There is a lot of attention being put on the current batch of Democrat 2020 hopefuls being able to beat President Donald Trump in 2020. That is the theme in major media based on a June 11, 2019 Quinnipiac poll. Headlines in news media have caused a misconception with statements like “major candidates” and “All top 2020 Democrats“. Already on social media the messaging has become that “all” the candidates can beat the President.
But what is really going on? Are all the Democrats so strong that they can unseat President Trump? Is his favorability so low that a loss is inevitable? Are the choices offered by the ever more Democrat Socialist Party that appealing?
Not quite. The current approval rating for President Trump is 43%. That’s 5 points higher than Speaker Nancy Pelosi and 15 more than Senate Minority Leader Chuck Schumer. That’s 23 points higher than the congressional approval that has languished since 2011. The opinion on the direction of the nation sits at 37.9%, a level not consistently seen since 2012. In general, indications that the nation is not yearning for a “landslide”of change.
Looking at the numbers
Like any poll more attention is needed than just the headlines talking about it. First, Quinnipiac is a respected pollster, so that is not in question. There was a total of 1214 people that took the poll from across the country. According to Mark Bouchard, manager of survey operations for Quinnipiac University Poll, in response to our question on which States were polled,
“We survey the continental United Statesproportional to households by region according to census data.”
- REGISTERED VOTERS
41% (503) of those polled were a Democrat or Democrat-leaning. This is 10% higher than those that claim Democrat affiliation.But 4% less than those that claim Dem+lean according to the most recent Gallup poll (May 2019).
Who makes the cut
More critically, the Quinnipiac poll features just 6 Democrat nominee candidates. While all 24 declared candidates were a choice if the Democrat Primary were held today, they were not all part of the question about a presidential match-up. This clearly reflects the status of the Democrat nominees.
According to RealClearPolitics,the national average of the top nominees above 1% provides 8 results. If the results are considered only looking at candidates over 5%, the field narrows to just 5 candidates (losing Robert ‘Beto’ O’Rourke, Cory Booker, and Amy Klobuchar from highest to lowest). The requirement to appear on the DNC debate stages is either 1% national poll interest in 3 polls OR 65,000 unique donors.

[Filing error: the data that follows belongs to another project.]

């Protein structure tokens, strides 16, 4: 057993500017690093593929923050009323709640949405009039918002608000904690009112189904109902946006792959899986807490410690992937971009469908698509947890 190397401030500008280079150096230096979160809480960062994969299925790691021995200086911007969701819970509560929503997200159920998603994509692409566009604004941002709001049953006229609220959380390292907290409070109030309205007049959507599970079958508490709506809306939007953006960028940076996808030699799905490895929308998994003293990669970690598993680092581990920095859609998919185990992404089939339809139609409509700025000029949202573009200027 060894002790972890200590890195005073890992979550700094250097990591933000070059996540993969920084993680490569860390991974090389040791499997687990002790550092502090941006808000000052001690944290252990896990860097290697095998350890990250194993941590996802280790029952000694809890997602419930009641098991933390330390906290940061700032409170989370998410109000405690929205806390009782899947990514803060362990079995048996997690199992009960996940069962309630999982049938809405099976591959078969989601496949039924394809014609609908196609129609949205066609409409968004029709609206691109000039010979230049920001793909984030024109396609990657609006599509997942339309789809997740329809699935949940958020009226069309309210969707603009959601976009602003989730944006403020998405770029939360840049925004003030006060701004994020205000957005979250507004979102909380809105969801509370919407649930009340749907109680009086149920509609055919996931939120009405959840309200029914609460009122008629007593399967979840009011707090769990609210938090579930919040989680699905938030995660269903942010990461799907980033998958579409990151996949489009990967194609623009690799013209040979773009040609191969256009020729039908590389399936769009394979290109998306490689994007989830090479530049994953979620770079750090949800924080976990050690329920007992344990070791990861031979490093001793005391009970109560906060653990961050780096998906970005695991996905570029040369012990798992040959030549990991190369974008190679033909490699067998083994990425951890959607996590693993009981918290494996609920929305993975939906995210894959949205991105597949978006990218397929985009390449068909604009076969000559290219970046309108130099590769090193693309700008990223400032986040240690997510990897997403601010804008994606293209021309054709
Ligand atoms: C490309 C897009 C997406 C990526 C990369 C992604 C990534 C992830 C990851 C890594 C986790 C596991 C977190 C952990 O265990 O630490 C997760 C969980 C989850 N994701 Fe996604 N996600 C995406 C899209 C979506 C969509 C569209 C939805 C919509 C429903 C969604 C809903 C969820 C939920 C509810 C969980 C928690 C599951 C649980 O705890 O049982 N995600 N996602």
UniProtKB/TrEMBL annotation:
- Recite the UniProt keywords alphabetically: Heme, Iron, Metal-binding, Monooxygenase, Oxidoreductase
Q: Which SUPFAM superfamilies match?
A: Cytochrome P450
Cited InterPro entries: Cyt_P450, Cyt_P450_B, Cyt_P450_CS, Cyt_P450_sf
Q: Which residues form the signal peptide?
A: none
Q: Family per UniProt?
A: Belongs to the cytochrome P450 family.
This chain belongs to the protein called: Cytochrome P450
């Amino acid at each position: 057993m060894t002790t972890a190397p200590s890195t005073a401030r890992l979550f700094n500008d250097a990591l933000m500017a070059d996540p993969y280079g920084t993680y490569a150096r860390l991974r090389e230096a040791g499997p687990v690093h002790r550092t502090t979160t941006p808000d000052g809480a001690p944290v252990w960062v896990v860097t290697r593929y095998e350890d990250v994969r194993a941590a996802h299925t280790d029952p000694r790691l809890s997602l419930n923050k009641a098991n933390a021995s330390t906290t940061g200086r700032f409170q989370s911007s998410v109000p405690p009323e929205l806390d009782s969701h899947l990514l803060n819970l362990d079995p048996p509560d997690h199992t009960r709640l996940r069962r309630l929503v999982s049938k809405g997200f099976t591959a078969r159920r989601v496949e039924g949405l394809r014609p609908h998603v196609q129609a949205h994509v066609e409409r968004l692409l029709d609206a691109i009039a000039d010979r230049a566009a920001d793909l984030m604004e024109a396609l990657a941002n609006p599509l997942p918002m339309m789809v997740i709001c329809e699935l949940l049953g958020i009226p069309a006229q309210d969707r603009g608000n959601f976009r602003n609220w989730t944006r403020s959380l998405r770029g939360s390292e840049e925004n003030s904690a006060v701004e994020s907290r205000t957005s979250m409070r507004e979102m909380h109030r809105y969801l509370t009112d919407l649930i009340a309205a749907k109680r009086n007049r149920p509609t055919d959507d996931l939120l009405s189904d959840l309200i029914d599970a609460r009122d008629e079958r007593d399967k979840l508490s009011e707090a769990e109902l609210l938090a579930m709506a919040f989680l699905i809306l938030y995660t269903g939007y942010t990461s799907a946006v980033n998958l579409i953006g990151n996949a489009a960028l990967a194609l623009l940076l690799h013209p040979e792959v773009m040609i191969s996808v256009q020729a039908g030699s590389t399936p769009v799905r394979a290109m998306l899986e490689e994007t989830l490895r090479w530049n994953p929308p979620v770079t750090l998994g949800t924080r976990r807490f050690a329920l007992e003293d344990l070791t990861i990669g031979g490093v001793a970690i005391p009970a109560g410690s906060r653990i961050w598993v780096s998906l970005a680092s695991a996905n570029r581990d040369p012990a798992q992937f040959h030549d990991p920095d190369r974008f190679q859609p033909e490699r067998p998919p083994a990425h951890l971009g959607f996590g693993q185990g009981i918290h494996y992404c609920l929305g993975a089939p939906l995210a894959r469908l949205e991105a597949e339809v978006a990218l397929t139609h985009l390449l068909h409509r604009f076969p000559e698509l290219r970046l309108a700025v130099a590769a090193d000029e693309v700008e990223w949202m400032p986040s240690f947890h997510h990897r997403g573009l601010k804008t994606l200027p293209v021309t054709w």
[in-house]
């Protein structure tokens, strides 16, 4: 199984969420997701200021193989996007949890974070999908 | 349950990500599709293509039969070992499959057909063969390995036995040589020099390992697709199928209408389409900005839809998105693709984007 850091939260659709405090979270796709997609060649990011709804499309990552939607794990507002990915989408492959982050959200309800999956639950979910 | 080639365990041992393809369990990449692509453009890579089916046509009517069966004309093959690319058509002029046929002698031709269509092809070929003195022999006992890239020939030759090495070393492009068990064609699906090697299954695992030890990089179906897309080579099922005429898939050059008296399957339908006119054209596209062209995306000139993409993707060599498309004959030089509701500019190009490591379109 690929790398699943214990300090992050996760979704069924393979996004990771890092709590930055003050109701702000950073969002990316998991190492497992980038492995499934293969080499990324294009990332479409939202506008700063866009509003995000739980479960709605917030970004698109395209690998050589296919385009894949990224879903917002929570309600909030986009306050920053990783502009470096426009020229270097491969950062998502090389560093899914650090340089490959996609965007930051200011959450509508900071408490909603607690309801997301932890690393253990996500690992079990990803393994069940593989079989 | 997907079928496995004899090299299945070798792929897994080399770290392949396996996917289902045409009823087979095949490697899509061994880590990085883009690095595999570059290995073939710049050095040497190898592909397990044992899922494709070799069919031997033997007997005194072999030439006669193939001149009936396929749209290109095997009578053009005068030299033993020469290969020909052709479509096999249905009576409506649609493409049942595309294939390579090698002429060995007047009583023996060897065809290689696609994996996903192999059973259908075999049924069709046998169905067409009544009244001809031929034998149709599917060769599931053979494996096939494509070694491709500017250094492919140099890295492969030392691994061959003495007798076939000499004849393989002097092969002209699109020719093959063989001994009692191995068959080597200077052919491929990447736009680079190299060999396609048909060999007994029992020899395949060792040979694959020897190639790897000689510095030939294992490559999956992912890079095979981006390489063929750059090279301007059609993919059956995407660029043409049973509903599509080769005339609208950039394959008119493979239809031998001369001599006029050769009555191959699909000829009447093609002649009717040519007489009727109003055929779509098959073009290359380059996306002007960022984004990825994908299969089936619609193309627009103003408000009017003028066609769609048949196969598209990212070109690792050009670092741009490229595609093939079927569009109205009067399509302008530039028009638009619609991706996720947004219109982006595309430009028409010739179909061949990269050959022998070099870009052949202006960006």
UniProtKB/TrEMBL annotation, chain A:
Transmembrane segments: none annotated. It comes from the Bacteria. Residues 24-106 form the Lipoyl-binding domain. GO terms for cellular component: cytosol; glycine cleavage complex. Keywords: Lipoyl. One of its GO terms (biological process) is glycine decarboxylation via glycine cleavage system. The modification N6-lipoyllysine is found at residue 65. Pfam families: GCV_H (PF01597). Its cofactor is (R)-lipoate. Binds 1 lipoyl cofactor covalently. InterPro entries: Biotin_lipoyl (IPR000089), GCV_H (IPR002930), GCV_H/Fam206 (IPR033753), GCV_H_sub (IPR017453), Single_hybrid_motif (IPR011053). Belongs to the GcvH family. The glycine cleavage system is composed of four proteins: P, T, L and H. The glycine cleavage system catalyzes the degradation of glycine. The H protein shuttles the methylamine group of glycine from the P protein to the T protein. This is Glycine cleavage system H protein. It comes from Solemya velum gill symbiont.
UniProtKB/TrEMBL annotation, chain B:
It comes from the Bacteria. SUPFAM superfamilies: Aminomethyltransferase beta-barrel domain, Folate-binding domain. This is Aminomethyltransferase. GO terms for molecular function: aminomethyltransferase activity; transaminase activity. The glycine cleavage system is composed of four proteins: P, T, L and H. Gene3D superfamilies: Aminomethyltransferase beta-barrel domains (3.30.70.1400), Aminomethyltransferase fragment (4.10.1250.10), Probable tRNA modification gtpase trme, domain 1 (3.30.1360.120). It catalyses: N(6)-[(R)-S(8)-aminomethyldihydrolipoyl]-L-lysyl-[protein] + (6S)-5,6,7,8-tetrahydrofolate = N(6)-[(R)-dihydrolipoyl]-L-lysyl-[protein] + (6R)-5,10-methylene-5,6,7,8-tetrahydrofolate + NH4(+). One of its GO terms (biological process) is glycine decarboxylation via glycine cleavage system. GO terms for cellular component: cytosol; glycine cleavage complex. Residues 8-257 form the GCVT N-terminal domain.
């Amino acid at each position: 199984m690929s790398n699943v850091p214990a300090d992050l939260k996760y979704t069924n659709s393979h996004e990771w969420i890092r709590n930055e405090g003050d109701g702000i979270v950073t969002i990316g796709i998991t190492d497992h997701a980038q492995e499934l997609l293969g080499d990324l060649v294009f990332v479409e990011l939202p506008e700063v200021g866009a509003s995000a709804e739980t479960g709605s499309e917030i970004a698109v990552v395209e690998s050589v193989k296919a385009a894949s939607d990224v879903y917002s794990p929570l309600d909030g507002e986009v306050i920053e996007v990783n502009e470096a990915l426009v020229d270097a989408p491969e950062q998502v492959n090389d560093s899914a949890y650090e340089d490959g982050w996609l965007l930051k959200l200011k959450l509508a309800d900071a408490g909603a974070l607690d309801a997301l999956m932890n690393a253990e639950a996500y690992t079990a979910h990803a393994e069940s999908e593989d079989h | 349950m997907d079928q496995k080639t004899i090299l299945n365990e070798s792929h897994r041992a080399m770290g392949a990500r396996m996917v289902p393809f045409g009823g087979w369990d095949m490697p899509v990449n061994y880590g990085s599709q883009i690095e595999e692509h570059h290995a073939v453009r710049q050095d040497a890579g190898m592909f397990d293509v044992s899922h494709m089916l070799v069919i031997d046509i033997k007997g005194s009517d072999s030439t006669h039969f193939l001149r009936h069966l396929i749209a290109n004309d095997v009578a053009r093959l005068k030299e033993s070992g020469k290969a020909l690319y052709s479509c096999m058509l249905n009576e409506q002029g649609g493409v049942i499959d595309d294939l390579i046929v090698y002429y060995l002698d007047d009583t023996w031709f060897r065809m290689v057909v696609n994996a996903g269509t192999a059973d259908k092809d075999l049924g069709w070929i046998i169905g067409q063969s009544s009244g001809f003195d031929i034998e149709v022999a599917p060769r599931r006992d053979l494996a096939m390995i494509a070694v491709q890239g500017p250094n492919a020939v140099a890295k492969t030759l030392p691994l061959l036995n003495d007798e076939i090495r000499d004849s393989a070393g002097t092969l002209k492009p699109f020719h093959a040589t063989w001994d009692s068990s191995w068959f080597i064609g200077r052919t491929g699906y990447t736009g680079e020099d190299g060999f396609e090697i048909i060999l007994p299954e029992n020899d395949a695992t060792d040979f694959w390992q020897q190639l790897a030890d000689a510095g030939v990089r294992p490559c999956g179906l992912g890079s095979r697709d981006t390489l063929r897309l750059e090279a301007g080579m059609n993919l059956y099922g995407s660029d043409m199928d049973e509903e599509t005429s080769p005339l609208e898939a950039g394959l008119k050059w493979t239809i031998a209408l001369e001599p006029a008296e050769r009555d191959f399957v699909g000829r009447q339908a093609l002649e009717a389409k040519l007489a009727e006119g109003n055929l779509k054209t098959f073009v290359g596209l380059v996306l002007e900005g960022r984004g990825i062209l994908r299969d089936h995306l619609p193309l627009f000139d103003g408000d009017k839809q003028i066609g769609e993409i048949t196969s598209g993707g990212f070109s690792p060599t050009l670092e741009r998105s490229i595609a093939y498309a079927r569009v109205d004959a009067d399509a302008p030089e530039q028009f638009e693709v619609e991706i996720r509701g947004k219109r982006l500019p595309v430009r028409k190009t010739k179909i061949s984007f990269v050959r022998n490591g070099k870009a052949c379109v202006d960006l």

It’s odd who was chosen for the candidates to be matched head to head versus President Trump. While Biden, Sanders, Warren,Harris, and Buttigieg (in order of average national poll ranking) make sense,the last choice does not. Robert ‘Beto’ O’Rourke has polled higher than the Quinnipiac choice of Cory Booker. On average and in all but 3 polls since January 18th, O’Rourke has beaten Booker. But the May 16-20th poll by Quinnipiac is one of those 3 times (the other 2 are Feb 19-22 by Harvard-Harris and Feb. 14-16 by Emerson).
Do they count?
Still, looking at the data in the June 11th poll,among just the Democrats and leaning, 14 candidates didn’t even get 1% interest in winning the Primary. Those 14 nominees match perfectly the national average under 1%.
The 2 most notable names on that list being Kirsten Gillibrand and Bill de Blasio. As aside note this is particularly interesting since a June 2-6 poll by Siena College touts double digit favorability of either nominee over President Trump in New York State. Yet neither can gain national attention. In fact, de Blasio will not make the June 26th debate and Gillibrand is receiving help from her opponent Booker to remain in the race.
So what does all this mean?
The reality is that less than a third of leaning to and Democrats combined believe ANY nominee can win the Democrat Primary at this time. Of the handful that even have 1% interest (in any polls),only three have double digit interest. In order from best to worst they are Biden(30%), Sanders (19%), and Warren (15%). For comparison 13% answered Don’t Know/No Answer, a result better than 14 Democrats hopefuls combined.
This matches the national averages for those top 3 candidates comprising 59.3% of all interest. This takes into account the recent waning interest in frontrunner Biden. The next closest candidates are Harris and Buttigieg with 7.2%. Harris is recently on the decline with Buttigieg on the rise.
At the same time only 42% of those polled are actively following the 2020 race. Given all of this, with 17 months to go,declarations of any result being a “landslide” as some have described is absurd. A quick glance to Hillary Clinton in 2016 and 2008 makes it clear that such pronouncements are apt to be wrong.
Hype is important. Hype got the massively controversial Last Jedi to a billion dollars in sales. A lack of hype led to the failure of Captain Marvel and Solo. Over a year before the election, and 2 weeks before the first Democrat debate, political hype is all there is.
The only thing that really is being said in the Quinnipiac poll, is that there are 14 nominees too many. That’s being generous.